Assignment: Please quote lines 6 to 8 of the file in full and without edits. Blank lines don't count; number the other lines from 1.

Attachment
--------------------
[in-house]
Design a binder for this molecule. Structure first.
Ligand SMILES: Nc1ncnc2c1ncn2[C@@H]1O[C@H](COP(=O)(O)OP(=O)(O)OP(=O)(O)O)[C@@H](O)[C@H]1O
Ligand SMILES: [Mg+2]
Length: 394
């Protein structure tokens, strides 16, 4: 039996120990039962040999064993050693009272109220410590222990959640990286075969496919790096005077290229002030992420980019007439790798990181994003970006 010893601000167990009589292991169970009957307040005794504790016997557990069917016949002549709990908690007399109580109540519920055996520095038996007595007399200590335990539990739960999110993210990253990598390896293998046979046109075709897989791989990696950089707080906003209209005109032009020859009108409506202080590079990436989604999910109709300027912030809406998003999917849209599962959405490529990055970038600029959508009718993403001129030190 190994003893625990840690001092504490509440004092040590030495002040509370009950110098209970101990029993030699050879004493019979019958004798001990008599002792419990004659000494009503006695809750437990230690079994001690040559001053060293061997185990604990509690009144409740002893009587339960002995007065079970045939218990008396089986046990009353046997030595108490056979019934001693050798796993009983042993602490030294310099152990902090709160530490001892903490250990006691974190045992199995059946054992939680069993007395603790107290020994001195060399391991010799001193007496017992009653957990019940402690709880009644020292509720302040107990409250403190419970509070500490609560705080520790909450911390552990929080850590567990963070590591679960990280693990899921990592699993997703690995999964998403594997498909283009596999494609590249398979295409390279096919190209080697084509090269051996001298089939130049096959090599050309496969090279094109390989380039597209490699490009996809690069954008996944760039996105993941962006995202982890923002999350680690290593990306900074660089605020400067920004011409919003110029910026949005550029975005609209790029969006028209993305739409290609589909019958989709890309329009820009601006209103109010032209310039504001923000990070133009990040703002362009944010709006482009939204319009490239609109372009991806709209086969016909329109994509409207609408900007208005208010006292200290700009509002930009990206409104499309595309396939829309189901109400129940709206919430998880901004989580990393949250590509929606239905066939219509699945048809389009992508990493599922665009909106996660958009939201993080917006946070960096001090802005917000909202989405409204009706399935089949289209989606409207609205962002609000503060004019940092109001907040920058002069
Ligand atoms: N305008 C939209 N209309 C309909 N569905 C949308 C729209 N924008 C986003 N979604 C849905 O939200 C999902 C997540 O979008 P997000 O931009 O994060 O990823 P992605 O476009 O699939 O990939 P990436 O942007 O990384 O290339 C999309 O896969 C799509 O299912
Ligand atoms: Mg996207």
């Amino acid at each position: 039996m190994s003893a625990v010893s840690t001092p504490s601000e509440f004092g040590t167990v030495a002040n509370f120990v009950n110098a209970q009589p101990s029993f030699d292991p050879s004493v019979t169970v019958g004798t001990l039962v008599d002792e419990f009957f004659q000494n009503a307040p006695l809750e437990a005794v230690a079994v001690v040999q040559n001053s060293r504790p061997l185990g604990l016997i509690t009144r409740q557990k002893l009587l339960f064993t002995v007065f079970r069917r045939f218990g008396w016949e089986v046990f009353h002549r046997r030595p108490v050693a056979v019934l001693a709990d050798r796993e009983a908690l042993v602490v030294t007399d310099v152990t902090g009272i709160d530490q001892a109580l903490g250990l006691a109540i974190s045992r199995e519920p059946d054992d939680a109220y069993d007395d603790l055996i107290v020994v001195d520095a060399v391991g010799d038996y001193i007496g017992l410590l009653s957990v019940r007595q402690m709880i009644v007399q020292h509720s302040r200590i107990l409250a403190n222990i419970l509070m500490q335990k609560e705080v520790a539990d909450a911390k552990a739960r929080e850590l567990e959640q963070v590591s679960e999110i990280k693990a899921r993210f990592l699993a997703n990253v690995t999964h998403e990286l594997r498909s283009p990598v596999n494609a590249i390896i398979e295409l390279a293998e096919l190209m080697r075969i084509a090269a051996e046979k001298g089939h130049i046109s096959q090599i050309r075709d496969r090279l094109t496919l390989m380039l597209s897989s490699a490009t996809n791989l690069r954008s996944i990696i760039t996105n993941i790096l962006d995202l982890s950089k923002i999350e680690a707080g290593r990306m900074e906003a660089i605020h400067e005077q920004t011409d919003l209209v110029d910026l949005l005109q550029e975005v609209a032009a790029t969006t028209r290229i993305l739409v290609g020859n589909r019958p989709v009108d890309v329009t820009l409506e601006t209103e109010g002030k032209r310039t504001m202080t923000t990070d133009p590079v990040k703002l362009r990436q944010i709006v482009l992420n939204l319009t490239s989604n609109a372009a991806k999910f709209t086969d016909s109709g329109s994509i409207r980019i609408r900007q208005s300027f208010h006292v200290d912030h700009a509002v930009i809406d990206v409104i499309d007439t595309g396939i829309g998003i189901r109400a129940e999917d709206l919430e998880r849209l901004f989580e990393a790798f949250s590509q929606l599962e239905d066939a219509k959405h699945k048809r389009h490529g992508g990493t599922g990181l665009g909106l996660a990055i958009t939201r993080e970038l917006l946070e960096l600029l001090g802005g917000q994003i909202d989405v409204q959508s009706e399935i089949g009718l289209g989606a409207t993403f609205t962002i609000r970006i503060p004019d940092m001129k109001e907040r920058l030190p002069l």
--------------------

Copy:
């Protein structure tokens, strides 16, 4: 039996120990039962040999064993050693009272109220410590222990959640990286075969496919790096005077290229002030992420980019007439790798990181994003970006 010893601000167990009589292991169970009957307040005794504790016997557990069917016949002549709990908690007399109580109540519920055996520095038996007595007399200590335990539990739960999110993210990253990598390896293998046979046109075709897989791989990696950089707080906003209209005109032009020859009108409506202080590079990436989604999910109709300027912030809406998003999917849209599962959405490529990055970038600029959508009718993403001129030190 190994003893625990840690001092504490509440004092040590030495002040509370009950110098209970101990029993030699050879004493019979019958004798001990008599002792419990004659000494009503006695809750437990230690079994001690040559001053060293061997185990604990509690009144409740002893009587339960002995007065079970045939218990008396089986046990009353046997030595108490056979019934001693050798796993009983042993602490030294310099152990902090709160530490001892903490250990006691974190045992199995059946054992939680069993007395603790107290020994001195060399391991010799001193007496017992009653957990019940402690709880009644020292509720302040107990409250403190419970509070500490609560705080520790909450911390552990929080850590567990963070590591679960990280693990899921990592699993997703690995999964998403594997498909283009596999494609590249398979295409390279096919190209080697084509090269051996001298089939130049096959090599050309496969090279094109390989380039597209490699490009996809690069954008996944760039996105993941962006995202982890923002999350680690290593990306900074660089605020400067920004011409919003110029910026949005550029975005609209790029969006028209993305739409290609589909019958989709890309329009820009601006209103109010032209310039504001923000990070133009990040703002362009944010709006482009939204319009490239609109372009991806709209086969016909329109994509409207609408900007208005208010006292200290700009509002930009990206409104499309595309396939829309189901109400129940709206919430998880901004989580990393949250590509929606239905066939219509699945048809389009992508990493599922665009909106996660958009939201993080917006946070960096001090802005917000909202989405409204009706399935089949289209989606409207609205962002609000503060004019940092109001907040920058002069
Ligand atoms: N305008 C939209 N209309 C309909 N569905 C949308 C729209 N924008 C986003 N979604 C849905 O939200 C999902 C997540 O979008 P997000 O931009 O994060 O990823 P992605 O476009 O699939 O990939 P990436 O942007 O990384 O290339 C999309 O896969 C799509 O299912
Ligand atoms: Mg996207």